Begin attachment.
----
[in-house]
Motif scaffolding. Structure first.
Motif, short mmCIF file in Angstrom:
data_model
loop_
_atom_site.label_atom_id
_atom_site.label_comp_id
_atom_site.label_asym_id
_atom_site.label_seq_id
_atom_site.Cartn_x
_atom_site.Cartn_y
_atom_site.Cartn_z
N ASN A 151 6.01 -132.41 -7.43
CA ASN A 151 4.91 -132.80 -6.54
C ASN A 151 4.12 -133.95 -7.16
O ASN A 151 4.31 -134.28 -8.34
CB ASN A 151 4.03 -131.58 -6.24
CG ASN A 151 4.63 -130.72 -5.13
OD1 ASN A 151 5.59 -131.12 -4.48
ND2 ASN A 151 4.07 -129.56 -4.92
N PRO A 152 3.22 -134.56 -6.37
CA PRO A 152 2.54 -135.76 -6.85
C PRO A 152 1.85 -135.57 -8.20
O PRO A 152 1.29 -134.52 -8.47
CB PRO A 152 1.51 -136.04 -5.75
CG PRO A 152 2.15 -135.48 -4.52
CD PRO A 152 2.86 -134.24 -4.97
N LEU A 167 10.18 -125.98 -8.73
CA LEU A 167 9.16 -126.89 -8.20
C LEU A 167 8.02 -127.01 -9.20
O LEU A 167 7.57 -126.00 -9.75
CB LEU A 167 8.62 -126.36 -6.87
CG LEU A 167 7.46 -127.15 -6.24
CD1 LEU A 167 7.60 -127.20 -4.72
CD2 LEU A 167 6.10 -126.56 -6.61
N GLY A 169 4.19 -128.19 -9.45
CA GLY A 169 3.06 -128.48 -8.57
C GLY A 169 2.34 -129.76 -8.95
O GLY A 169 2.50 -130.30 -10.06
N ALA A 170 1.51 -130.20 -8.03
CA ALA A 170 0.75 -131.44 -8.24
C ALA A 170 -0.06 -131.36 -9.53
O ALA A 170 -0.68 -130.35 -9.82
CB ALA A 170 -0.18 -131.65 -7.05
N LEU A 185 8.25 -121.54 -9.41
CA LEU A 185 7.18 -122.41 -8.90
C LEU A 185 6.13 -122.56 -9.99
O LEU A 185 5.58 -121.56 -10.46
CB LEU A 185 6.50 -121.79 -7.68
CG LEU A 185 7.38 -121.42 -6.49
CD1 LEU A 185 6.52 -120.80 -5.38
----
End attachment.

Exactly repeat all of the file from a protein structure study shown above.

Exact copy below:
[in-house]
Motif scaffolding. Structure first.
Motif, short mmCIF file in Angstrom:
data_model
loop_
_atom_site.label_atom_id
_atom_site.label_comp_id
_atom_site.label_asym_id
_atom_site.label_seq_id
_atom_site.Cartn_x
_atom_site.Cartn_y
_atom_site.Cartn_z
N ASN A 151 6.01 -132.41 -7.43
CA ASN A 151 4.91 -132.80 -6.54
C ASN A 151 4.12 -133.95 -7.16
O ASN A 151 4.31 -134.28 -8.34
CB ASN A 151 4.03 -131.58 -6.24
CG ASN A 151 4.63 -130.72 -5.13
OD1 ASN A 151 5.59 -131.12 -4.48
ND2 ASN A 151 4.07 -129.56 -4.92
N PRO A 152 3.22 -134.56 -6.37
CA PRO A 152 2.54 -135.76 -6.85
C PRO A 152 1.85 -135.57 -8.20
O PRO A 152 1.29 -134.52 -8.47
CB PRO A 152 1.51 -136.04 -5.75
CG PRO A 152 2.15 -135.48 -4.52
CD PRO A 152 2.86 -134.24 -4.97
N LEU A 167 10.18 -125.98 -8.73
CA LEU A 167 9.16 -126.89 -8.20
C LEU A 167 8.02 -127.01 -9.20
O LEU A 167 7.57 -126.00 -9.75
CB LEU A 167 8.62 -126.36 -6.87
CG LEU A 167 7.46 -127.15 -6.24
CD1 LEU A 167 7.60 -127.20 -4.72
CD2 LEU A 167 6.10 -126.56 -6.61
N GLY A 169 4.19 -128.19 -9.45
CA GLY A 169 3.06 -128.48 -8.57
C GLY A 169 2.34 -129.76 -8.95
O GLY A 169 2.50 -130.30 -10.06
N ALA A 170 1.51 -130.20 -8.03
CA ALA A 170 0.75 -131.44 -8.24
C ALA A 170 -0.06 -131.36 -9.53
O ALA A 170 -0.68 -130.35 -9.82
CB ALA A 170 -0.18 -131.65 -7.05
N LEU A 185 8.25 -121.54 -9.41
CA LEU A 185 7.18 -122.41 -8.90
C LEU A 185 6.13 -122.56 -9.99
O LEU A 185 5.58 -121.56 -10.46
CB LEU A 185 6.50 -121.79 -7.68
CG LEU A 185 7.38 -121.42 -6.49
CD1 LEU A 185 6.52 -120.80 -5.38